• Chris Brown says:

    If the contentious issue in the bill was ordering the offender to pay for the ADR services, someone forgot to tell the Texas Senate. On April 11th, the Senate passed this bill by a unanimous 31-0 vote. It is now sitting in the House Committee of Judiciary and Civil Jurisprudence.
    I think this bill could prove to be an important step in the right direction to bring greater restorative justice to the Texas legal system. It will be very interesting to see if the Texas House of Representatives take up this bill and if so, whether the Governor will sign it into law. There are only six weeks left in the legislative session, so the clock is ticking.

  • Britney Tomberlin says:

    Thanks for the update on this Chris. I actually find this idea a little troubling. I know our criminal justice system is overwhelmed and overworked but if you think about it over 95% of criminal cases are already decided using an alternative dispute resolution by being negotiated down to a plea agreement. I find the idea interesting in a post-conviction concept designed more to give a victim a chance at getting some closure or in a juvenile concept to help keep young offenders from being forced into the system without first being giving a second chance. In these kinds of situations, when the facts and circumstances call for it, I think something like mediation can be a good way to help a victim to heal or help a young man or woman see firsthand the effects of their actions. However, giving the state the ability to refer the case, even though the bill requires the state to get the consent of both the defendant and the victim, just makes me uneasy. There are cases where I would be very concerned that a victim may agree to meet but in reality is nowhere near a place he/she needs to be in to mediate. Alternatively, in the reversal, if a defendant (or soon to be defendant) is not represented by counsel I don’t know how voluntary their consent really would be. Especially if they believed a charge or a conviction would likely be the consequence if they did not consent to the alternative dispute resolution system.

    No matter how smart or empathetic a prosecutor may be there are things the prosecutor just cannot know. I’m afraid of some unforeseen consequences and possible dangers that may come about using alternative dispute resolutions like mediation. I find it hard to think there would ever be a situation in these kinds of cases where there would not be a power imbalance – either because the defendant puts the victim in fear, or because the defendant is having to either be restrained or guarded by officers during the process. While this is likely a good idea in theory, within the criminal system we are not just talking about money, but defendants’ liberties and possibly the serious wounds of a victim. At the very least I would like to see some major initial restrictions on the kinds of cases that would be eligible for the alternative dispute resolution system and some kind of requirement that a defendant must at least be advised to seek counsel.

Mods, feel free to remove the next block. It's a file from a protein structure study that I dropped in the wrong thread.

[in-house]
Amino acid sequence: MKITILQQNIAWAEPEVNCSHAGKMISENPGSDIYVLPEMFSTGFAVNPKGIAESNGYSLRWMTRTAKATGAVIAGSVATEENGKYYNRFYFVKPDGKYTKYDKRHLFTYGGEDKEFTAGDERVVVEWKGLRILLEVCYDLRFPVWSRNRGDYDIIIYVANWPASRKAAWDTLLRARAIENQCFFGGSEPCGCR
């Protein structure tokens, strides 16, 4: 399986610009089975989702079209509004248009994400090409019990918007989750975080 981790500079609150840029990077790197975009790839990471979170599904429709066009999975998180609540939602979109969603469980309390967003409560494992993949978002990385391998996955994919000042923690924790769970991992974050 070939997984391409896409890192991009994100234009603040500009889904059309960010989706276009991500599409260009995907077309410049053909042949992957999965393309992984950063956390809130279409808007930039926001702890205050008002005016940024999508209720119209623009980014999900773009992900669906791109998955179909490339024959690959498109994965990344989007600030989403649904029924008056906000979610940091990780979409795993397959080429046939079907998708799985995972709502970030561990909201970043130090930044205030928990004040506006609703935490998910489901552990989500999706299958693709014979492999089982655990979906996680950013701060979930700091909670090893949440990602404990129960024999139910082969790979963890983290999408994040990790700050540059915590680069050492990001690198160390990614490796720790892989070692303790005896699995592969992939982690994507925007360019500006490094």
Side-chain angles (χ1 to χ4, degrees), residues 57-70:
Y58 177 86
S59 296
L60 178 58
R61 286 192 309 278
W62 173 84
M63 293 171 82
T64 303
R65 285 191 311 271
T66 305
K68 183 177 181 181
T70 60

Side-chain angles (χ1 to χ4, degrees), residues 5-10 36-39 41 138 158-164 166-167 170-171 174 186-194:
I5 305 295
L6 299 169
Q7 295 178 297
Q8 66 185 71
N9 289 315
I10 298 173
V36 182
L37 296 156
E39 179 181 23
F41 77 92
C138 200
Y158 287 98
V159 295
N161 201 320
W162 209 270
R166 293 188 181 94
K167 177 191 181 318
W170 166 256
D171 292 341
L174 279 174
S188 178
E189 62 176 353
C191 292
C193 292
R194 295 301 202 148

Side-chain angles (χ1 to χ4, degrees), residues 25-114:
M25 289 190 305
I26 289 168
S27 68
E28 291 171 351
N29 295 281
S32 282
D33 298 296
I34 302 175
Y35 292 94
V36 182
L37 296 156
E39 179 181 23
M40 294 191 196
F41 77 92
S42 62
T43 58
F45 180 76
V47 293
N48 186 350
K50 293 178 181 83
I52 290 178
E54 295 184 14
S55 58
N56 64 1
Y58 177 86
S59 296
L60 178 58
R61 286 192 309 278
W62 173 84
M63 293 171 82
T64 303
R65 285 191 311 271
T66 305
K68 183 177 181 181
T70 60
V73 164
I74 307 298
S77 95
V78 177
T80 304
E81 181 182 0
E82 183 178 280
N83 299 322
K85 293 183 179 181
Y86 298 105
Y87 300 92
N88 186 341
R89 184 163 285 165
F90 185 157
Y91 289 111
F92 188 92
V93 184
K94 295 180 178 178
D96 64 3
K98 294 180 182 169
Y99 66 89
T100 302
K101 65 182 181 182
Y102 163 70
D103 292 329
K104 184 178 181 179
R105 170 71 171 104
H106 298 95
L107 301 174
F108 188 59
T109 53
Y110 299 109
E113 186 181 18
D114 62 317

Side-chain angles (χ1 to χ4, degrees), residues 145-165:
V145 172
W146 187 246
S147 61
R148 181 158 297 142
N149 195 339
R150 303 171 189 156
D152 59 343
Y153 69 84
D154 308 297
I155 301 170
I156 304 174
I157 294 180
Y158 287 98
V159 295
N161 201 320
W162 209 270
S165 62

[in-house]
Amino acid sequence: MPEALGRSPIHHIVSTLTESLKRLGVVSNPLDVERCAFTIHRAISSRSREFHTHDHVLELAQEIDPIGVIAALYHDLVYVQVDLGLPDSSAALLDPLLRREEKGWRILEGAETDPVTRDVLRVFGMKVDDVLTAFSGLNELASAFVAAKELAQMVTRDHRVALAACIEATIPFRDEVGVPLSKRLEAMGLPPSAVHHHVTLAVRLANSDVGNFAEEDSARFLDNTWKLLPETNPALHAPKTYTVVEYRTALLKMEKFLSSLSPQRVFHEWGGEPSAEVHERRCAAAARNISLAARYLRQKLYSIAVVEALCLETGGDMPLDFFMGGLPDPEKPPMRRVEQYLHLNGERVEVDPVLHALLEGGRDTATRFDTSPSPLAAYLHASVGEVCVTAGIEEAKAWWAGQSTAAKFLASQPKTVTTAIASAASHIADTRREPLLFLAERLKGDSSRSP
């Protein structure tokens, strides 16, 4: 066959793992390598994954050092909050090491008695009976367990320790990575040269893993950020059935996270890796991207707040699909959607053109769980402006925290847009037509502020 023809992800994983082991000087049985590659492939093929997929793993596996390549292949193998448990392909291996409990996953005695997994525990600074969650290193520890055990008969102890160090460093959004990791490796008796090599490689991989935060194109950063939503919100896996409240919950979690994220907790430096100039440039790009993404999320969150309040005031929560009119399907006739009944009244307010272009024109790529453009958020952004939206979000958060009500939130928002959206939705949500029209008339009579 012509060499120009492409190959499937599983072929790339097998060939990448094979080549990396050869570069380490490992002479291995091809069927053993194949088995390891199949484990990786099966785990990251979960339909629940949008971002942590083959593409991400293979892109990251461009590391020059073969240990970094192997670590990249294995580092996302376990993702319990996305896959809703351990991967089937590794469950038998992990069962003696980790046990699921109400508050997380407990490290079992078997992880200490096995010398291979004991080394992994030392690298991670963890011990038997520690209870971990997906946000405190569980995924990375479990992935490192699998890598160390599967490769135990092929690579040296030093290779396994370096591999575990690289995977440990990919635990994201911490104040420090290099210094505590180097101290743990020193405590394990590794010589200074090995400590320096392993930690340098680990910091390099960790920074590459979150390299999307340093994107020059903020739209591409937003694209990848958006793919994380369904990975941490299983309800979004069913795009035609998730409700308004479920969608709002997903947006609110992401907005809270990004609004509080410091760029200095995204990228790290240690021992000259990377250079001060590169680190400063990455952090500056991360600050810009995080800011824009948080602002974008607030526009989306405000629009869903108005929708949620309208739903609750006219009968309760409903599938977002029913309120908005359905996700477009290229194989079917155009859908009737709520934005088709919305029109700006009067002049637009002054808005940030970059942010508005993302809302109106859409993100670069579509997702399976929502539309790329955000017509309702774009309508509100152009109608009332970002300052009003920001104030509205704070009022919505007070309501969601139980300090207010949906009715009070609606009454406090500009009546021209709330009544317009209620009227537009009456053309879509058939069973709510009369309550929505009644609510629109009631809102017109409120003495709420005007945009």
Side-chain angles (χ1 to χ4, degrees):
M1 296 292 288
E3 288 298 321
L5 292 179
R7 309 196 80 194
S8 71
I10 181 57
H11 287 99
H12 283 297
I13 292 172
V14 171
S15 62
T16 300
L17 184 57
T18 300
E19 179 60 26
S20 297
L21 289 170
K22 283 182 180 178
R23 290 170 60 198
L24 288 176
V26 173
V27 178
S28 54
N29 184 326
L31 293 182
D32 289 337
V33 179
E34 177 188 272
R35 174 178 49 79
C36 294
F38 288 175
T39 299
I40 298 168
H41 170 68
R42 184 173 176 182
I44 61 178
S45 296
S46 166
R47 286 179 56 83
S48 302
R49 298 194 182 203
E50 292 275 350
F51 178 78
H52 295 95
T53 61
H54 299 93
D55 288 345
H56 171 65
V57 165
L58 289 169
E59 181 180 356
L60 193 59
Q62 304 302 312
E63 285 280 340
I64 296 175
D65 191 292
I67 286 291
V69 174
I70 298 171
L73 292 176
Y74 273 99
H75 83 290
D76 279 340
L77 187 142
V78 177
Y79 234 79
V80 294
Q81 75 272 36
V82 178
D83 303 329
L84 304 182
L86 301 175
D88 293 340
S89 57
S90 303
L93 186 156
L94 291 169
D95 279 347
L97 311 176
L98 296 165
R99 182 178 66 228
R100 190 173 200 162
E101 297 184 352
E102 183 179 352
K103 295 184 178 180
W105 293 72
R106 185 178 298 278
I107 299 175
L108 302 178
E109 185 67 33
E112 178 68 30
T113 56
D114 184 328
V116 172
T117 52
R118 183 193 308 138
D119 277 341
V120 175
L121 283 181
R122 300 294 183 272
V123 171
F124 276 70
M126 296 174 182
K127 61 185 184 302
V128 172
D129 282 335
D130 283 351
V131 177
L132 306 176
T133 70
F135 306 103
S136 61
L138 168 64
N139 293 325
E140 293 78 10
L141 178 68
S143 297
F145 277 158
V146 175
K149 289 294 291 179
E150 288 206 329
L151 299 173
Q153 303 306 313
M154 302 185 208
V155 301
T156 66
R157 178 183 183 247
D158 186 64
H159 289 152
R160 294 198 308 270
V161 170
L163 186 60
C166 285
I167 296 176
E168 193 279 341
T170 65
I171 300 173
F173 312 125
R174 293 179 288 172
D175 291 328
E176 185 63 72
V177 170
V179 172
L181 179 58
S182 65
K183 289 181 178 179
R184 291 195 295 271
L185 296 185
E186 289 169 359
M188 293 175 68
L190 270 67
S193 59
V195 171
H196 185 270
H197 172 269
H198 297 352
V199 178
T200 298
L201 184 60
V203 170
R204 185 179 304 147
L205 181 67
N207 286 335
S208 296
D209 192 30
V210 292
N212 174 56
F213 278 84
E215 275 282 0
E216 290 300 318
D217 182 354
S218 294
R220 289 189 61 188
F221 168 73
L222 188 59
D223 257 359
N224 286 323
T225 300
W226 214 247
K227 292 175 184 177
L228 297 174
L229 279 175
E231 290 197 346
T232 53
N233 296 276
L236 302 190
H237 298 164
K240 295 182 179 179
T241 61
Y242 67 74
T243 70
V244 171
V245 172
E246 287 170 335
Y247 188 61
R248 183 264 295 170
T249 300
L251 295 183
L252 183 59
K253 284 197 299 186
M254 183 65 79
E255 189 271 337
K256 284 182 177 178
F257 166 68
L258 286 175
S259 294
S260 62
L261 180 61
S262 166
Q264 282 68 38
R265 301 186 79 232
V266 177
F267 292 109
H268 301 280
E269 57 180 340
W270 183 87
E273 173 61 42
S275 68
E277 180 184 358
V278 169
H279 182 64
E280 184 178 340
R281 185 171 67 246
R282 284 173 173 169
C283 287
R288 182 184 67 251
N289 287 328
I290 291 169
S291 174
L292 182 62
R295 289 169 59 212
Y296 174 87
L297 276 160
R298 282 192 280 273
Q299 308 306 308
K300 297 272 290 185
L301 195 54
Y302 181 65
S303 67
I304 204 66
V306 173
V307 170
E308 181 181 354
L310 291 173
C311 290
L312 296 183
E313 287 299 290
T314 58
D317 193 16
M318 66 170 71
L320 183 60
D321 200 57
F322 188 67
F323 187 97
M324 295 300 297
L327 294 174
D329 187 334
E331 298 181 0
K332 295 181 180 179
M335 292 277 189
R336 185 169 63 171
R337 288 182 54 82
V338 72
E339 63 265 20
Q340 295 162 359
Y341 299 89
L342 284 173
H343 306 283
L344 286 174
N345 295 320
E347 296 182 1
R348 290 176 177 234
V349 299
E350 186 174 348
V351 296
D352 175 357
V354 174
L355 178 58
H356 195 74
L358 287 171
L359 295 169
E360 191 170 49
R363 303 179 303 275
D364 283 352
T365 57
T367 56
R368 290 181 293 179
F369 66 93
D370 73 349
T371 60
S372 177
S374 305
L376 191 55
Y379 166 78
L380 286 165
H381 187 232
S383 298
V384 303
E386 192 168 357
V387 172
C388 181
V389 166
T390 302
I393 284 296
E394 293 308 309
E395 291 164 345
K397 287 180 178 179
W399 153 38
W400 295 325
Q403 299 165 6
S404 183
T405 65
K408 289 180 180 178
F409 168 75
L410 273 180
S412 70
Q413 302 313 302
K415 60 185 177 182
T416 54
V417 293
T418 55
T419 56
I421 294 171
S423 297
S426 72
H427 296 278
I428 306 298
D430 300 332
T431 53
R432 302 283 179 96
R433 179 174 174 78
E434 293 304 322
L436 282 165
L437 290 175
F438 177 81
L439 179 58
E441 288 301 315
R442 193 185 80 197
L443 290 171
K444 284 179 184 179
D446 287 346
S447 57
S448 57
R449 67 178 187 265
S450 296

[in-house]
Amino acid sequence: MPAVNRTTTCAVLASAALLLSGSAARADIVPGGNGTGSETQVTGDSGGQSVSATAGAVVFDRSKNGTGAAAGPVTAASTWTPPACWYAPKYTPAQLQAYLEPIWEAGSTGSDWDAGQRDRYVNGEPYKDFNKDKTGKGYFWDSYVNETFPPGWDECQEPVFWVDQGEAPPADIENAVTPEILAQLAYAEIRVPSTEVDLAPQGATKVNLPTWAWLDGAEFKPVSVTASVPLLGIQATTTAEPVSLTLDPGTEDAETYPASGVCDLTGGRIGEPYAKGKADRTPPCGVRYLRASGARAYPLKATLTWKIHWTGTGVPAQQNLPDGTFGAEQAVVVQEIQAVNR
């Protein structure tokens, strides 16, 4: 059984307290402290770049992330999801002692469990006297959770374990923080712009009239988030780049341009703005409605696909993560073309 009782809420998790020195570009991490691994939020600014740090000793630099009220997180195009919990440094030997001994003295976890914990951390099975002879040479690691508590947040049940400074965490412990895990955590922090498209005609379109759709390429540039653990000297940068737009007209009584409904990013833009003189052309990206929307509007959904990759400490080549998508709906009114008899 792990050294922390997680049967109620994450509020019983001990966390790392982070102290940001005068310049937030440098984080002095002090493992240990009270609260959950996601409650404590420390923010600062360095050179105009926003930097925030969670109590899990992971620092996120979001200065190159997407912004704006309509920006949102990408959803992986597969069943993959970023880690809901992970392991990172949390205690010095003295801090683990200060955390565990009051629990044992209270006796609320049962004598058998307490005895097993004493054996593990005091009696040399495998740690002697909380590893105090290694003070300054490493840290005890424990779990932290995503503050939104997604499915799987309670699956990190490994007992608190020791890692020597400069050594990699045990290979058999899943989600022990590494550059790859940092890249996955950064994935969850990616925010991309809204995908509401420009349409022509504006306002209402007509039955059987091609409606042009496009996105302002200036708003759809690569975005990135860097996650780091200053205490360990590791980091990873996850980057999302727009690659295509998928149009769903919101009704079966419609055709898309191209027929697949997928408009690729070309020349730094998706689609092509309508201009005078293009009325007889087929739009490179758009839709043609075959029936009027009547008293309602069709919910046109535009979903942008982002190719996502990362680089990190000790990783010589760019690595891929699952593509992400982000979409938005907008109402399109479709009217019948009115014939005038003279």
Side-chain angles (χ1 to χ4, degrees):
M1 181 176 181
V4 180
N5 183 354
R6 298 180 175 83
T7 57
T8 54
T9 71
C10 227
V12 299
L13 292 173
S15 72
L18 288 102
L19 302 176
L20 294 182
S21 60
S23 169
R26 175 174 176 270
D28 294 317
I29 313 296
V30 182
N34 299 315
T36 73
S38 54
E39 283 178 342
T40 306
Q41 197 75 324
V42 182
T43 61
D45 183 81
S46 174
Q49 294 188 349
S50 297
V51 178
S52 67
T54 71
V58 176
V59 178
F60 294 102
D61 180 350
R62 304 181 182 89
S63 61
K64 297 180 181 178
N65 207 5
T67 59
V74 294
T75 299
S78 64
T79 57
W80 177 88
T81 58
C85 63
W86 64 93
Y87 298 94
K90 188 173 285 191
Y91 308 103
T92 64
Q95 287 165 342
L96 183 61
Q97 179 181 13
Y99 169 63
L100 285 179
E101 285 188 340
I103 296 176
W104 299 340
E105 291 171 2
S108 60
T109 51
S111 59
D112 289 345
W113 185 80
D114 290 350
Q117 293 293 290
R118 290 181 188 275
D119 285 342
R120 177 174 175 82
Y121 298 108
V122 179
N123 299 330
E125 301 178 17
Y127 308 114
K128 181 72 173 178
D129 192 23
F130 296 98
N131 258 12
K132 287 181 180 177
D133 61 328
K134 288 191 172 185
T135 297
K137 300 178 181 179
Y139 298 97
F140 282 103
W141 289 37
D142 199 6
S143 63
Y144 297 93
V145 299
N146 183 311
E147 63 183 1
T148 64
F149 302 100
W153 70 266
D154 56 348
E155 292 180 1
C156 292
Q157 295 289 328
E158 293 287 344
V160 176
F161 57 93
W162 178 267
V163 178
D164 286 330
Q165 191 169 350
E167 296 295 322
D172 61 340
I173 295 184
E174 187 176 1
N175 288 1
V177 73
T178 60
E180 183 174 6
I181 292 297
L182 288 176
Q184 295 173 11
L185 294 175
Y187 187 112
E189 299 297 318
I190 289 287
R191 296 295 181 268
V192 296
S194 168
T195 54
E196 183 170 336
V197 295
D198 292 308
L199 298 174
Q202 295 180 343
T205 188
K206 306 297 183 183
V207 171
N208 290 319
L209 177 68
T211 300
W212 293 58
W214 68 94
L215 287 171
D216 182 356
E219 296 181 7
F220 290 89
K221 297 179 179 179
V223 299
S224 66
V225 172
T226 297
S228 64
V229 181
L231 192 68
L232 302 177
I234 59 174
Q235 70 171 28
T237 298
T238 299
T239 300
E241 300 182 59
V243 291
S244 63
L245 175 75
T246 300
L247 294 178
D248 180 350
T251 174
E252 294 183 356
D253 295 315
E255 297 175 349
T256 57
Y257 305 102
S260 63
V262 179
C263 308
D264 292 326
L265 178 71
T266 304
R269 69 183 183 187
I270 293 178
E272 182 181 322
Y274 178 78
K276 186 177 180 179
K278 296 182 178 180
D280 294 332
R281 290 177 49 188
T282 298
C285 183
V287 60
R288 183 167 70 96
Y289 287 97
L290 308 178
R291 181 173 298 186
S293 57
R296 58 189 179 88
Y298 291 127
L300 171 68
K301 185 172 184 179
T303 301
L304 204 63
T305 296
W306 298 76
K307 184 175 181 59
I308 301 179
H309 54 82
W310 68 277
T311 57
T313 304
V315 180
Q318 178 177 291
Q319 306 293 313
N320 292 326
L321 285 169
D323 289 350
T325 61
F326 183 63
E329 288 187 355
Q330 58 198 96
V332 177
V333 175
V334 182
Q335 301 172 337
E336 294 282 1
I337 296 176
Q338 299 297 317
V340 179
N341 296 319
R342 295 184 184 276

• Using alternative dispute resolution methods to resolve criminal cases is an interesting concept. S.B. 1237 is especially interesting in that it requires the consent of the victim in order for the case to be referred to an alternative dispute resolution system. Consent by the victim should be a high priority when determining whether or not a criminal case is referred to ADR or not. The victims in these cases have personally been affected the most by the defendant’s actions; therefore, the victim’s opinion as to whether the case is referred to ADR should carry a lot of weight, which is a concern the traditional jury trial at times could be seen as to not fully address.

    However, requiring the defendant to pay for ADR possibly before he or she has been charged or convicted seems to violate due process. Essentially, the defendant is being forced to pay a fine without ever being formally charged. It will be interesting to see if and how these issues are addressed as session continues. Also, funding issues could pose a problem given the current economic situation; but alternative dispute resolution has proven to be financially and time efficient for resolving disputes in family and civil matters . Restorative justice may be the next step as ADR processes become more and more common around the country for various types of disputes. If passed this could be a good statute for a state with one of the largest prison populations in the nation.